How VR is changing online gaming

Gaming has always been at the forefront of technological progress. As we are fast approaching life-like graphics on PC, we’re equally be matched with immersive techniques that capture our sense of belief and introduce more of our physcial senses. Virtual reality is of course at the forefront of these developments and appears to be changing the landscape of gaming. Here are some of the ways that VR is revolutionsing gaming:

Mobility and immersion

Gaming has always been something you do in your bedroom or living area. Even the introduction of VR headsets didn’t change this, as the competent ones required a PC to run the games. The birth of the Oculus Quest this year has been a game-changer, though. The stand alone headset runs on a battery and is autonomous from external hardware. Games can be played wherever, perhaps when going on holiday and even in on car or train journys. The increased portability has sent demand through the roof with Facebook-owned Oculus not being able to fulfill all the orders. 

A strong example of this is how online casinos using VR is being played in any situation, rather than going to a physical casino or sat at the desk on PC. The immersion of being on a casino floor is crucial to the authentic experience of gambling and so it outperforms using a PC and even going to a physical gambling floor in some respects. VR casinos can be found at: 


Whilst a PlayStation just requires the console and controller, VR gaming introduces different dimensions. Currently, full-body suits are being developed and treadmills have introduced an aspect of physical running. Generally, VR is either Android or PC-based too, meaning there potential to apply accessories is somewhat decentralised. We don’t have to wait around for one company, for example Oculus, to produce accessories. This may be a trend toward open sourced gaming and utilising more creative extensions, such as sensor gloves or shoes for a soccer game.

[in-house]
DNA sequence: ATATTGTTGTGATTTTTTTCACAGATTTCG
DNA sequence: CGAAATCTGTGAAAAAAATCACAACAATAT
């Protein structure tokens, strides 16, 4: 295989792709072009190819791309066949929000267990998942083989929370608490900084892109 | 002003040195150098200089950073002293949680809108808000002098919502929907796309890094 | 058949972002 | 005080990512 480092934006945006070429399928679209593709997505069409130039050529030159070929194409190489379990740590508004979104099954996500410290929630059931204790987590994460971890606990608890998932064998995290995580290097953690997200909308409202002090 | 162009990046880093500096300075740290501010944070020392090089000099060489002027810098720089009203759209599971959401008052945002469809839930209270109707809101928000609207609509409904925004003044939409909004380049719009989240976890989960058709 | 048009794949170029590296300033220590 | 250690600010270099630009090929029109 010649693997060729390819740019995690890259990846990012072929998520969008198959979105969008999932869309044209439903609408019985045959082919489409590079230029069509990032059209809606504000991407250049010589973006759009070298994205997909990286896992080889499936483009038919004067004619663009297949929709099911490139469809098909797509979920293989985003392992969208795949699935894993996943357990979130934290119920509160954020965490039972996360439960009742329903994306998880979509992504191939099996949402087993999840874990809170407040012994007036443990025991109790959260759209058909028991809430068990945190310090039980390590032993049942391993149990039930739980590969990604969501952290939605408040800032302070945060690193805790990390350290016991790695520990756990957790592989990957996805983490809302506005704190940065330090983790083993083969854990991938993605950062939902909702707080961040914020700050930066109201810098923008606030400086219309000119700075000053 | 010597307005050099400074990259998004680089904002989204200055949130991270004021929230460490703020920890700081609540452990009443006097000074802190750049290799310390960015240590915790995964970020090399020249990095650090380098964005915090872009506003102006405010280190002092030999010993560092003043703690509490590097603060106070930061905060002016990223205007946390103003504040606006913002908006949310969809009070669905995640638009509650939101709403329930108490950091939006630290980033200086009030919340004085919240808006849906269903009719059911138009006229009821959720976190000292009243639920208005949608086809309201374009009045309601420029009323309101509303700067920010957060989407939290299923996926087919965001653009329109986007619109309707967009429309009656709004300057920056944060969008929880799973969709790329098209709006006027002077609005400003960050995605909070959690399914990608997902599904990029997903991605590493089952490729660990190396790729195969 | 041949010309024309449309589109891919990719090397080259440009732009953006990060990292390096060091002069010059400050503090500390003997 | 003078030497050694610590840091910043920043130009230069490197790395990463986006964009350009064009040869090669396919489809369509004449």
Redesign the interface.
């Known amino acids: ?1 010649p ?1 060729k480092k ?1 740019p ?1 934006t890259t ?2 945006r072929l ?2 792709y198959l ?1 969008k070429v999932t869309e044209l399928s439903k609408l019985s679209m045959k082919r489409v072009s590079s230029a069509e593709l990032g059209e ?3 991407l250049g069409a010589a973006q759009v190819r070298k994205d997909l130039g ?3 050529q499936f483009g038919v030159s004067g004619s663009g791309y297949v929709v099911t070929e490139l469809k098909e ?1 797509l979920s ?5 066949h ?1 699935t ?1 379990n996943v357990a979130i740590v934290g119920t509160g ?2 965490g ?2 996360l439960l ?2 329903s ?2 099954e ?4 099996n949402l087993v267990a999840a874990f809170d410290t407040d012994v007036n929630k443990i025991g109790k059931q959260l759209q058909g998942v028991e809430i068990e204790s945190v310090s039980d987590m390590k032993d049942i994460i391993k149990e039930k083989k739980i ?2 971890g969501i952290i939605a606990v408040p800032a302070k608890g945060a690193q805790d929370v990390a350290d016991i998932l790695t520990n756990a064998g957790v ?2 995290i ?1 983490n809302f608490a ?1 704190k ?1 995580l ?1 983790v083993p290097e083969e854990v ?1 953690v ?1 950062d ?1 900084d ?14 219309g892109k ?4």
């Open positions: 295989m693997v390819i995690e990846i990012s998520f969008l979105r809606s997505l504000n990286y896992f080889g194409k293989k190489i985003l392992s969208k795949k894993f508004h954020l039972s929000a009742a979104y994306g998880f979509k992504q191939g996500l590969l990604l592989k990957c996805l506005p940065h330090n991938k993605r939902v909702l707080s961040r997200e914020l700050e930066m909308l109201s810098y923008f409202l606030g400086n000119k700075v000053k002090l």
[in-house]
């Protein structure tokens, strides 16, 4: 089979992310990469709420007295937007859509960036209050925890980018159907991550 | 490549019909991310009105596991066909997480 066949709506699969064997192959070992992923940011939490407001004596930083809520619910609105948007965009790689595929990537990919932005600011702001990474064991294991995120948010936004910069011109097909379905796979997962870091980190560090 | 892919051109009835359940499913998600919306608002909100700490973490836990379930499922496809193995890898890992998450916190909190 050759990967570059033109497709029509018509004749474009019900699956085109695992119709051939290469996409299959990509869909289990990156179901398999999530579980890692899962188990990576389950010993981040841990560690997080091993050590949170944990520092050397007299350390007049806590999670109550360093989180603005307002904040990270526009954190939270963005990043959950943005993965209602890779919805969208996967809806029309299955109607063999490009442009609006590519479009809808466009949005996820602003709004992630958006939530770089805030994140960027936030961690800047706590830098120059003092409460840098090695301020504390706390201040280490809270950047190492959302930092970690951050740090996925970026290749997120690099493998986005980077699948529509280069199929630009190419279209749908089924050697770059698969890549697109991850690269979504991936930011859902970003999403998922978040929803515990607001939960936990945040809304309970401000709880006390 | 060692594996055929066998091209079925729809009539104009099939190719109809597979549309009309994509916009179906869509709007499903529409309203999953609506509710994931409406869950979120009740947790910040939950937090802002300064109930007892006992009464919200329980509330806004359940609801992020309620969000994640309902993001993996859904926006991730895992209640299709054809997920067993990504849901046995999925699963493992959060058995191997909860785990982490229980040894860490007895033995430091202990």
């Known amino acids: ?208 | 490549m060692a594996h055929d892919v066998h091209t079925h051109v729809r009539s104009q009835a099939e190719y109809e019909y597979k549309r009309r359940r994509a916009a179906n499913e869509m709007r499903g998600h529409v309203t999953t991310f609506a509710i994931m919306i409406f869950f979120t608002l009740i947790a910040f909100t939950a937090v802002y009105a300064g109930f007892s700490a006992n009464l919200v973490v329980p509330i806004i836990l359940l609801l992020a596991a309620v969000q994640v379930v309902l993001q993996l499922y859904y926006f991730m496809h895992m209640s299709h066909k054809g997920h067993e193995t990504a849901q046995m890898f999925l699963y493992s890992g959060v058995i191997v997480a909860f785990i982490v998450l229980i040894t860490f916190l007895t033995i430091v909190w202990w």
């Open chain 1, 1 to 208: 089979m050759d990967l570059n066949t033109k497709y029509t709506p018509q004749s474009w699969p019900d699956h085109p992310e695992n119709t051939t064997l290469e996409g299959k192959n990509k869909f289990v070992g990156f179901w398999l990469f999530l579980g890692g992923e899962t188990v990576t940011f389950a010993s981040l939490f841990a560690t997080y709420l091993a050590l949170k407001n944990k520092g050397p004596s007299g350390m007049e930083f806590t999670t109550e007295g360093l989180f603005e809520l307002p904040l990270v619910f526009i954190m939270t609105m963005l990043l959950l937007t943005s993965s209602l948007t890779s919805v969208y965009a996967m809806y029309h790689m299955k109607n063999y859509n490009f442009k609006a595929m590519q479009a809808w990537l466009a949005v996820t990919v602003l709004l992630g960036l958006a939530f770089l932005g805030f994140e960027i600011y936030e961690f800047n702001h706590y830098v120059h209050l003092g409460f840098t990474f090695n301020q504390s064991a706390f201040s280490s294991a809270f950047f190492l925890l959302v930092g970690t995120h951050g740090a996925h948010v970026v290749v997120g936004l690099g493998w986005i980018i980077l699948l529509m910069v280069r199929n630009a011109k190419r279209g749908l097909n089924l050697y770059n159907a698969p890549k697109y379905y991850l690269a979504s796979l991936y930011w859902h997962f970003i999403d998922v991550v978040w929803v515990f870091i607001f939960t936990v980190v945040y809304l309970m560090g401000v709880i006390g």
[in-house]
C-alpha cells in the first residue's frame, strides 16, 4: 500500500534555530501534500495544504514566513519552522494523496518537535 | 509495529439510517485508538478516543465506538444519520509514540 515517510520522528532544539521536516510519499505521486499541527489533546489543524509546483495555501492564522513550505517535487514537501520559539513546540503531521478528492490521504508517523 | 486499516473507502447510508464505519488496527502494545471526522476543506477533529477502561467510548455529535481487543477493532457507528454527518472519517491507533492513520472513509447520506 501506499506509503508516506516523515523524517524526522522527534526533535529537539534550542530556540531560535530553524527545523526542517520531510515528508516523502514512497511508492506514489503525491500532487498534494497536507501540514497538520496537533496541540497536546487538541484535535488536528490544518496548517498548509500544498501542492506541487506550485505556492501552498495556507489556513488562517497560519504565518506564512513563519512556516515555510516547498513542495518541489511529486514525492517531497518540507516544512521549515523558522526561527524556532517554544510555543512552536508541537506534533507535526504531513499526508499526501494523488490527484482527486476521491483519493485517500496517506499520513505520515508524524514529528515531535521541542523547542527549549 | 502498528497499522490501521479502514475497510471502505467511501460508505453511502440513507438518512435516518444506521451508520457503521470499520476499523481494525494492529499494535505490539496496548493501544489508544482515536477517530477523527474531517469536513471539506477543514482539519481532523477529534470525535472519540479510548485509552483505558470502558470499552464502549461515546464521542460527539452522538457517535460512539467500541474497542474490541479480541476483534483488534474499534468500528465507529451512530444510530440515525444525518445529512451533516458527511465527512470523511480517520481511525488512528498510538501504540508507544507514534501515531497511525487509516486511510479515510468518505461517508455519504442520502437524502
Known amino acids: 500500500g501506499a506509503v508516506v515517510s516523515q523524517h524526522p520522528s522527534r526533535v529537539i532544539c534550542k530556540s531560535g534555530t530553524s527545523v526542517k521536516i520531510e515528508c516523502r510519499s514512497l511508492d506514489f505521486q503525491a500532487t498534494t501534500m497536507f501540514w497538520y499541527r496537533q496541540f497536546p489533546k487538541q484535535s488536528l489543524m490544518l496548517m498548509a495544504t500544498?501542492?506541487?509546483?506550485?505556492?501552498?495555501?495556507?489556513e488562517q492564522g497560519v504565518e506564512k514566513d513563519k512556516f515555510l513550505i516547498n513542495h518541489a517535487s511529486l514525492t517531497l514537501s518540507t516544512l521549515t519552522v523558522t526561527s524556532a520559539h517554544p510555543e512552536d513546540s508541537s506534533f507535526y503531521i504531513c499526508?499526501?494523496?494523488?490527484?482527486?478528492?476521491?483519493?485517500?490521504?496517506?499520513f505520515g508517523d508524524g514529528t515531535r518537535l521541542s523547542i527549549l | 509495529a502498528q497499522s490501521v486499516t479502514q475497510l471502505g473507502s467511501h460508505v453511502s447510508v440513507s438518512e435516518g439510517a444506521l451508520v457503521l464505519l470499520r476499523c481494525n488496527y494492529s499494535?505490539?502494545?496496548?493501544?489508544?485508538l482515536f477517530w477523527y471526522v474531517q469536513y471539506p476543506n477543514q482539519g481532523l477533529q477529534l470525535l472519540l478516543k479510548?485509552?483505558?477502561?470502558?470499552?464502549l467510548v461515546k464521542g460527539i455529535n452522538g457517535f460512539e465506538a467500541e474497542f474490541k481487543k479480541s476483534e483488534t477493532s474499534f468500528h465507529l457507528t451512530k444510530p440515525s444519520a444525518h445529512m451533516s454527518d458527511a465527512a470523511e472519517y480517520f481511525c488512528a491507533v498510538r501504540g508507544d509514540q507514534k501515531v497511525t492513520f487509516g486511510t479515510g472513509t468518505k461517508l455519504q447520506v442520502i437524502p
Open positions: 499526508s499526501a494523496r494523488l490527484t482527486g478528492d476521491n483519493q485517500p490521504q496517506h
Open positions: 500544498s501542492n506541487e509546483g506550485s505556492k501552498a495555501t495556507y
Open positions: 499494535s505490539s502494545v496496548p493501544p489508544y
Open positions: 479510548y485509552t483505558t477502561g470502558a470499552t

Currently, console and PC gamers are dominated towards young males, although there are still plenty of female gamers. The skill requirements of using a controller however is quite a big barrier for new gamers, particularly those who were of a generation that wasn’t brought up using them. The skills required to play VR table tennis, for example, are fairly similar to the ones you need in real life. This makes VR gaming much more dynamic yet accessible regarding how to play and may widen the demographic net of gamers in the future.

To guess exactly where gaming is going would be naive. That is the true difference that VR has made. Console has remained static since its introduction, apart from growing processor and graphics power. VR is bringing gaming out of a 2D world to a 3D, immersive virtual one where the potential is endless. VR games are even making waves in mental health, as headsets can be used to treat phobias and post traumatic stress disorder.